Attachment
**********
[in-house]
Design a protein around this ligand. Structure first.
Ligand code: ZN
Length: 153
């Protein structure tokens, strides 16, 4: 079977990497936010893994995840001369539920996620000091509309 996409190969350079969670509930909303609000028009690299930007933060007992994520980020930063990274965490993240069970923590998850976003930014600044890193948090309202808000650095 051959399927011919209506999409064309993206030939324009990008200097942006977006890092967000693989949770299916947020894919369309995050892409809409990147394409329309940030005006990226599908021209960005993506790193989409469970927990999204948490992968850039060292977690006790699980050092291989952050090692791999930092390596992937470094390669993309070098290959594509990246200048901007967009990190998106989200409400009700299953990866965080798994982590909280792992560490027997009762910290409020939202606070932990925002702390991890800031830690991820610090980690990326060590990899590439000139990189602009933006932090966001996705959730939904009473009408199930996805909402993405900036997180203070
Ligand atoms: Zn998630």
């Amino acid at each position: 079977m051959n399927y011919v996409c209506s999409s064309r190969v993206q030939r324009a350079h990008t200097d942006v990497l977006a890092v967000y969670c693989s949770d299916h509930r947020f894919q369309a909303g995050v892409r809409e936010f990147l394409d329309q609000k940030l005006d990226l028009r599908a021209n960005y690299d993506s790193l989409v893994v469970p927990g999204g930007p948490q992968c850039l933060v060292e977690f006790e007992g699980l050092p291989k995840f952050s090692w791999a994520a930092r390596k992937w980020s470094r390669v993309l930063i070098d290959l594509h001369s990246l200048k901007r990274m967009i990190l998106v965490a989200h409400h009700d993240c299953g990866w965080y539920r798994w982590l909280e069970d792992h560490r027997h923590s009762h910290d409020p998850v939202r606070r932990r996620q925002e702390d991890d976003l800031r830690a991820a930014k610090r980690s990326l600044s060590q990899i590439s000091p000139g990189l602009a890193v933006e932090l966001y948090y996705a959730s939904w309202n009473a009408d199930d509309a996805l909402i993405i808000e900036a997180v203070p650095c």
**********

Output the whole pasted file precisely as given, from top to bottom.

[in-house]
Design a protein around this ligand. Structure first.
Ligand code: ZN
Length: 153
């Protein structure tokens, strides 16, 4: 079977990497936010893994995840001369539920996620000091509309 996409190969350079969670509930909303609000028009690299930007933060007992994520980020930063990274965490993240069970923590998850976003930014600044890193948090309202808000650095 051959399927011919209506999409064309993206030939324009990008200097942006977006890092967000693989949770299916947020894919369309995050892409809409990147394409329309940030005006990226599908021209960005993506790193989409469970927990999204948490992968850039060292977690006790699980050092291989952050090692791999930092390596992937470094390669993309070098290959594509990246200048901007967009990190998106989200409400009700299953990866965080798994982590909280792992560490027997009762910290409020939202606070932990925002702390991890800031830690991820610090980690990326060590990899590439000139990189602009933006932090966001996705959730939904009473009408199930996805909402993405900036997180203070
Ligand atoms: Zn998630």
């Amino acid at each position: 079977m051959n399927y011919v996409c209506s999409s064309r190969v993206q030939r324009a350079h990008t200097d942006v990497l977006a890092v967000y969670c693989s949770d299916h509930r947020f894919q369309a909303g995050v892409r809409e936010f990147l394409d329309q609000k940030l005006d990226l028009r599908a021209n960005y690299d993506s790193l989409v893994v469970p927990g999204g930007p948490q992968c850039l933060v060292e977690f006790e007992g699980l050092p291989k995840f952050s090692w791999a994520a930092r390596k992937w980020s470094r390669v993309l930063i070098d290959l594509h001369s990246l200048k901007r990274m967009i990190l998106v965490a989200h409400h009700d993240c299953g990866w965080y539920r798994w982590l909280e069970d792992h560490r027997h923590s009762h910290d409020p998850v939202r606070r932990r996620q925002e702390d991890d976003l800031r830690a991820a930014k610090r980690s990326l600044s060590q990899i590439s000091p000139g990189l602009a890193v933006e932090l966001y948090y996705a959730s939904w309202n009473a009408d199930d509309a996805l909402i993405i808000e900036a997180v203070p650095c």